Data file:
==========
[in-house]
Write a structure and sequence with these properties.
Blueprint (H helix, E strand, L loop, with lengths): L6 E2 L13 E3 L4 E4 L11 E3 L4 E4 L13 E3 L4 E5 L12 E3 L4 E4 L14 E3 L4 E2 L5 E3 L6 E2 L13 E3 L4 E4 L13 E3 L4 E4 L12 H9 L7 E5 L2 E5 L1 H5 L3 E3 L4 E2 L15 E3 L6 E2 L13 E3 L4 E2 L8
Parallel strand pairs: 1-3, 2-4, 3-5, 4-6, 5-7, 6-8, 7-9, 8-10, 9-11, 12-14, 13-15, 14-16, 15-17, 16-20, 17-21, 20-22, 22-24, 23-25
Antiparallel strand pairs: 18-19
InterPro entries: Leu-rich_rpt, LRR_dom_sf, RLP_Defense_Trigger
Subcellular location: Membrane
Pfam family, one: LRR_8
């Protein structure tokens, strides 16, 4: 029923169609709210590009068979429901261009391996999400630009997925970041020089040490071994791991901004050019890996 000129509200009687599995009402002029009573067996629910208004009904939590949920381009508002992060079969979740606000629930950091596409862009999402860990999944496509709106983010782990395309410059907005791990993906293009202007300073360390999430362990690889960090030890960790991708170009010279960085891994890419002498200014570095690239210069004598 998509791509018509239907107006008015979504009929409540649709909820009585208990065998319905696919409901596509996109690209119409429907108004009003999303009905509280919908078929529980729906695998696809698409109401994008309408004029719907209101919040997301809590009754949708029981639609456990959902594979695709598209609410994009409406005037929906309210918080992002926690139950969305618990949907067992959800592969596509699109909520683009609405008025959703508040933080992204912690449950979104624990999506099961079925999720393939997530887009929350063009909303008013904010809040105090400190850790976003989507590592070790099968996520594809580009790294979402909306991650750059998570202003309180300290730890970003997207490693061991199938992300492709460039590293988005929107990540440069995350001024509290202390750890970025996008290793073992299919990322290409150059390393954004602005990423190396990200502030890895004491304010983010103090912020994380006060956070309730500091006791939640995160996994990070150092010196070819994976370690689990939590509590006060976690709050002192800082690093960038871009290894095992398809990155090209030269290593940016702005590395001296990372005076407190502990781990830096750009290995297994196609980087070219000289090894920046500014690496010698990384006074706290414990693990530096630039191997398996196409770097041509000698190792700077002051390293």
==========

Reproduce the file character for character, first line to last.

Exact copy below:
[in-house]
Write a structure and sequence with these properties.
Blueprint (H helix, E strand, L loop, with lengths): L6 E2 L13 E3 L4 E4 L11 E3 L4 E4 L13 E3 L4 E5 L12 E3 L4 E4 L14 E3 L4 E2 L5 E3 L6 E2 L13 E3 L4 E4 L13 E3 L4 E4 L12 H9 L7 E5 L2 E5 L1 H5 L3 E3 L4 E2 L15 E3 L6 E2 L13 E3 L4 E2 L8
Parallel strand pairs: 1-3, 2-4, 3-5, 4-6, 5-7, 6-8, 7-9, 8-10, 9-11, 12-14, 13-15, 14-16, 15-17, 16-20, 17-21, 20-22, 22-24, 23-25
Antiparallel strand pairs: 18-19
InterPro entries: Leu-rich_rpt, LRR_dom_sf, RLP_Defense_Trigger
Subcellular location: Membrane
Pfam family, one: LRR_8
């Protein structure tokens, strides 16, 4: 029923169609709210590009068979429901261009391996999400630009997925970041020089040490071994791991901004050019890996 000129509200009687599995009402002029009573067996629910208004009904939590949920381009508002992060079969979740606000629930950091596409862009999402860990999944496509709106983010782990395309410059907005791990993906293009202007300073360390999430362990690889960090030890960790991708170009010279960085891994890419002498200014570095690239210069004598 998509791509018509239907107006008015979504009929409540649709909820009585208990065998319905696919409901596509996109690209119409429907108004009003999303009905509280919908078929529980729906695998696809698409109401994008309408004029719907209101919040997301809590009754949708029981639609456990959902594979695709598209609410994009409406005037929906309210918080992002926690139950969305618990949907067992959800592969596509699109909520683009609405008025959703508040933080992204912690449950979104624990999506099961079925999720393939997530887009929350063009909303008013904010809040105090400190850790976003989507590592070790099968996520594809580009790294979402909306991650750059998570202003309180300290730890970003997207490693061991199938992300492709460039590293988005929107990540440069995350001024509290202390750890970025996008290793073992299919990322290409150059390393954004602005990423190396990200502030890895004491304010983010103090912020994380006060956070309730500091006791939640995160996994990070150092010196070819994976370690689990939590509590006060976690709050002192800082690093960038871009290894095992398809990155090209030269290593940016702005590395001296990372005076407190502990781990830096750009290995297994196609980087070219000289090894920046500014690496010698990384006074706290414990693990530096630039191997398996196409770097041509000698190792700077002051390293």